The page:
Politicians Wade Into Casino’s Plan To Sell £80 Million Warhols
Germany's ongoing controversy over the sale of two Andy Warhol paintings has become a war of words as politicians have waded into the continuing issue over the sale of the works reported the FAZ newspaper. 'Triple Elvis (1963)' and 'Four Marlons (1966)' hold a combined estimated value of £79 million and are being sold by the Westspiel casino conglomerate.
In a petition sent to regional government last week, twenty-six museum directors in Germany’s North Rhine-Westphalia claimed that the sale “contravenes international conventions” whose ultimate goal is to “protect public cultural heritage.” They fear the sale could set a very dangerous precedent that could become a “controversial political issue with considerable ripple effect.” The museum directors’ action reflects the seriousness with which they view the situation at hand, and is the most formal to arise against the works’ sale.
It has now emerged that the casino chain Westspiel is in fact a subsidiary of the State Bank of North Rhine-Westphalia; this fact has now prompted German culture minister Monika Grütters of the center-right CDU party to accuse North Rhine-Westphalia’s centre-left-led regional government of selling the artworks to consolidate state debts. Telling FAZ she stated: “Artworks are not objects of speculation for the public sector. To sell them in order to refill state coffers would be an indecent systemic failure. Art and culture entrusted to us must be protected on all levels.”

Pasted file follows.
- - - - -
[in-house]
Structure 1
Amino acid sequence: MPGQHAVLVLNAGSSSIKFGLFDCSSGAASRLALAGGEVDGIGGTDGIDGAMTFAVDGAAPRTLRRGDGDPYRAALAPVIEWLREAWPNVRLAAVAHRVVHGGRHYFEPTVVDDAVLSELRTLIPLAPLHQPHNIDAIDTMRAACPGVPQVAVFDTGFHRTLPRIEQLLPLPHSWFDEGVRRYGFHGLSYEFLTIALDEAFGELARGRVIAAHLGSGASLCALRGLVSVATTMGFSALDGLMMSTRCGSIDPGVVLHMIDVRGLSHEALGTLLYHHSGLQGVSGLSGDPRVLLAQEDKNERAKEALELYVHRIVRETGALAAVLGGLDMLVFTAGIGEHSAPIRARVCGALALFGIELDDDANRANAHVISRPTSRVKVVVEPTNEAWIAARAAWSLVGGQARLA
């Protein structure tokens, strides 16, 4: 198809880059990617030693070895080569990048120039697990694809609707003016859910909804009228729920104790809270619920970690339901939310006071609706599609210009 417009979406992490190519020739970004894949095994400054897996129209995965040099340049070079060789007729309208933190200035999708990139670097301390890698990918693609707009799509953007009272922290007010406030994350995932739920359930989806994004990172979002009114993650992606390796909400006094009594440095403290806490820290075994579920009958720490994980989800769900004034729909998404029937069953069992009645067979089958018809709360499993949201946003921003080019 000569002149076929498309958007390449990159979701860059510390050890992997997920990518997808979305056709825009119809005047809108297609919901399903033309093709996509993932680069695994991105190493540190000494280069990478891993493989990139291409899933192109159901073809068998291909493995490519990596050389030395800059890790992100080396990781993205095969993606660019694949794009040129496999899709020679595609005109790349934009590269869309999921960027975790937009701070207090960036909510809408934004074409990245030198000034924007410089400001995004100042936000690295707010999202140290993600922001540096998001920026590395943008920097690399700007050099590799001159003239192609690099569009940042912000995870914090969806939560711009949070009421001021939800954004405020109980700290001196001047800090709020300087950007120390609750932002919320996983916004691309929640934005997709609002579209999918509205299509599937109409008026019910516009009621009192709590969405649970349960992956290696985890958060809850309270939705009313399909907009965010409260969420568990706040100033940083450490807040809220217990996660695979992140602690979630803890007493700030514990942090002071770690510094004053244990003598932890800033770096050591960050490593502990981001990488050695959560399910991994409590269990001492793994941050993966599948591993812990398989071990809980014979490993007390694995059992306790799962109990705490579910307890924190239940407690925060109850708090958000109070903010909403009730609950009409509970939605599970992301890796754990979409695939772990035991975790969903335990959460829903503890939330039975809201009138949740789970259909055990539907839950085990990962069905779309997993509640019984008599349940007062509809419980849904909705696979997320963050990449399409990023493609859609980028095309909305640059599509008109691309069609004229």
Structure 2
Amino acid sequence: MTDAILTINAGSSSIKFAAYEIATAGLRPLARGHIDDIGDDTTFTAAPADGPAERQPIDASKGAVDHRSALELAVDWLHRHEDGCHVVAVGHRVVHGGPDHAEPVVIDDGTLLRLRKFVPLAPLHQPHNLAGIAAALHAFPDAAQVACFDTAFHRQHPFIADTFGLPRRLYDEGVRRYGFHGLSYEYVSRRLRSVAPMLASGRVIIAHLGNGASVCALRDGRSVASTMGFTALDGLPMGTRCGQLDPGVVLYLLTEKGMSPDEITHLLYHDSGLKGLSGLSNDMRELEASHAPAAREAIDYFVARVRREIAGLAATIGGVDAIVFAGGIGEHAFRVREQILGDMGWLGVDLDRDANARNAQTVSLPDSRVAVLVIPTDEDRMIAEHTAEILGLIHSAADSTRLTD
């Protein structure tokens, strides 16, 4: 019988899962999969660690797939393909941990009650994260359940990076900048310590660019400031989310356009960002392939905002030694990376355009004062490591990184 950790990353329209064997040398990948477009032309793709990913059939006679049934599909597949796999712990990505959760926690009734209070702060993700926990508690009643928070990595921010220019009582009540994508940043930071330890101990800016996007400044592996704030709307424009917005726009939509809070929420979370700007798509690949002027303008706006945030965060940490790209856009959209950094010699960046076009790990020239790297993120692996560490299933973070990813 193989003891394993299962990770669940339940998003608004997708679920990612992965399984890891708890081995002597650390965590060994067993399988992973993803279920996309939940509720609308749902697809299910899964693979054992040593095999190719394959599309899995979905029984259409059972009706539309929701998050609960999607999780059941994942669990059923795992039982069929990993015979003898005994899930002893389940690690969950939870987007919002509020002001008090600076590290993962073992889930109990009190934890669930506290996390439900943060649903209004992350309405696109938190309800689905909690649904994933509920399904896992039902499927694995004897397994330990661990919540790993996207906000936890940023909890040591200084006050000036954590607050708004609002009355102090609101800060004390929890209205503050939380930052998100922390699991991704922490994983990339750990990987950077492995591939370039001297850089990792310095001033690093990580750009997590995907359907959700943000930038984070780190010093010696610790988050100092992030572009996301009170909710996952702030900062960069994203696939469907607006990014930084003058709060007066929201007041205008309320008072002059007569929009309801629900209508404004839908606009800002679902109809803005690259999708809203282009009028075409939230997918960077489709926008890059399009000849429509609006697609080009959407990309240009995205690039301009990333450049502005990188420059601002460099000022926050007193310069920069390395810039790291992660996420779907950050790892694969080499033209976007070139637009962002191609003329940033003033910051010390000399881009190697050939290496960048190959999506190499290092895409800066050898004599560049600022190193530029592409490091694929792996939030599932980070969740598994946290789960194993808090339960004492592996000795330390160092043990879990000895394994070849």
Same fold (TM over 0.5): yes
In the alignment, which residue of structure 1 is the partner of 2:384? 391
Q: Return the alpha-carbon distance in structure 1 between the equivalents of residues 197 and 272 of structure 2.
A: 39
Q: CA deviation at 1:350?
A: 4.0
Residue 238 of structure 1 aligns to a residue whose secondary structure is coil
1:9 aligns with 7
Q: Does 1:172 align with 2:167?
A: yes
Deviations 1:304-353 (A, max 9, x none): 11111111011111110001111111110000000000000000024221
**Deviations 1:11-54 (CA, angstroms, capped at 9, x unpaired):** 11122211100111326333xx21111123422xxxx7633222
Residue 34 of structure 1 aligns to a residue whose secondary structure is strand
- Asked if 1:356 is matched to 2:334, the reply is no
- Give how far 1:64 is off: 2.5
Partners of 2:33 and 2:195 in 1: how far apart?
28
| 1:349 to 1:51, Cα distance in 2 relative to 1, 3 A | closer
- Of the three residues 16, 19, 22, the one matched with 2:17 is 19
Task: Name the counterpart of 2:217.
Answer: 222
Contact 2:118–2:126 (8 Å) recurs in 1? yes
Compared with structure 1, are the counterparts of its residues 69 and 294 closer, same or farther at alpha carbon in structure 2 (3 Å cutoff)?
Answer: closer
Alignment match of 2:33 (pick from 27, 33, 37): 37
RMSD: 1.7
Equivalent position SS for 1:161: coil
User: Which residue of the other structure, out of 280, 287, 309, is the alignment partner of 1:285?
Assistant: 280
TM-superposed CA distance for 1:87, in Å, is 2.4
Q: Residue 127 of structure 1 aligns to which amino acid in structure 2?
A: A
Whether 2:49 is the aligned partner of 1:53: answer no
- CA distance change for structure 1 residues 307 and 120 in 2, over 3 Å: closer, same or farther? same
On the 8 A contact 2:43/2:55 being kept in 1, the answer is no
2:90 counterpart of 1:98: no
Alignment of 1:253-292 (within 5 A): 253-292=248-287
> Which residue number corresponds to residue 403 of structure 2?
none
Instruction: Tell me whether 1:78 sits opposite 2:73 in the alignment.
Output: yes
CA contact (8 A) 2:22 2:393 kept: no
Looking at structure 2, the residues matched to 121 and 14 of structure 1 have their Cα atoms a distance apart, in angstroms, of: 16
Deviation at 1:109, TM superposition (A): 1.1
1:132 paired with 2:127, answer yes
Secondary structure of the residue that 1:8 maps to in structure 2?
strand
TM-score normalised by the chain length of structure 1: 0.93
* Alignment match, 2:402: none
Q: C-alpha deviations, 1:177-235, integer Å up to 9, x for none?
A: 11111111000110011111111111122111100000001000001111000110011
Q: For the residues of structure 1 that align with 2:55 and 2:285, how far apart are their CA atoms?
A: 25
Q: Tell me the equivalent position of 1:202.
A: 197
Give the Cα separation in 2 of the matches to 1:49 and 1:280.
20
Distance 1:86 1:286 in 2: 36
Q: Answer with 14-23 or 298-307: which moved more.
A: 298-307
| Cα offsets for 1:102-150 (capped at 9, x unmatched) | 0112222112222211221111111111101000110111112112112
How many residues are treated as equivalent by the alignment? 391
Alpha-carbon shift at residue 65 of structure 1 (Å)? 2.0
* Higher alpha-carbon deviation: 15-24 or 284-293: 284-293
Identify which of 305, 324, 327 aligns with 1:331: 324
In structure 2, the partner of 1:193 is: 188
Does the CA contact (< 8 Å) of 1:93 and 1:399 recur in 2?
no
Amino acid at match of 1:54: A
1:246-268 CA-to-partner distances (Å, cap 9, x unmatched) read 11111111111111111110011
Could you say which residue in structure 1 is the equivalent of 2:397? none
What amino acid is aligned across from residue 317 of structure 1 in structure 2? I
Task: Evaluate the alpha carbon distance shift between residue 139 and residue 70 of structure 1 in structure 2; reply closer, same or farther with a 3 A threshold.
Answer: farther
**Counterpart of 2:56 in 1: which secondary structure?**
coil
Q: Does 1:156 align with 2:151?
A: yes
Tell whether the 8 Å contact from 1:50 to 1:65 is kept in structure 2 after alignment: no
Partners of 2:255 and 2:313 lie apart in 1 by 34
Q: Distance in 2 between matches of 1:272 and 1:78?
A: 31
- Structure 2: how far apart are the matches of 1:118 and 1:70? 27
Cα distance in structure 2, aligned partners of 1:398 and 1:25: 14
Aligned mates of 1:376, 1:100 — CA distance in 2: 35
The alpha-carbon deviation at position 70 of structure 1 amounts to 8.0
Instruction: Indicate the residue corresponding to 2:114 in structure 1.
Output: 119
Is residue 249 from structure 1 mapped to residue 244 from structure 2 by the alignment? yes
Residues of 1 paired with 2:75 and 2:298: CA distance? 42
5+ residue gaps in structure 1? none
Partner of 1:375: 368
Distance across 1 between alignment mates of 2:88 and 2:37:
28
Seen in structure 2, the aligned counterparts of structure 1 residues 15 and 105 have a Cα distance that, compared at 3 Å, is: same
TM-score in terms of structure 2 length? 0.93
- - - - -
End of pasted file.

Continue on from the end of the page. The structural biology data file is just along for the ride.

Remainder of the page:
Yet the minister president of North Rhine-Westphalia Hannelore Kraft of the center-left SPD made stated resolutely that she cannot stop the sale of 'Triple Elvis (1963') and 'Four Marlons (1966)' due to the simple fact that they are not items of national cultural importance - as defined by the Culture Protection Act of Germany. The minister added that the purchase of the paintings by the state was “currently not an option.” However she went on to assure the regional government that the money from the sale of the paintings would not be used to to pay off state debts. “This taboo will not happen,” she said, according to DW.
In a response to the museum directors petition; Kraft said Westspiel had acquired the paintings with their own resources; and that as the casino group is a legally independent company, the government has no influence over the sale of the works. Westspiel has indicated that it intends to use the proceeds to update it’s casino architecture.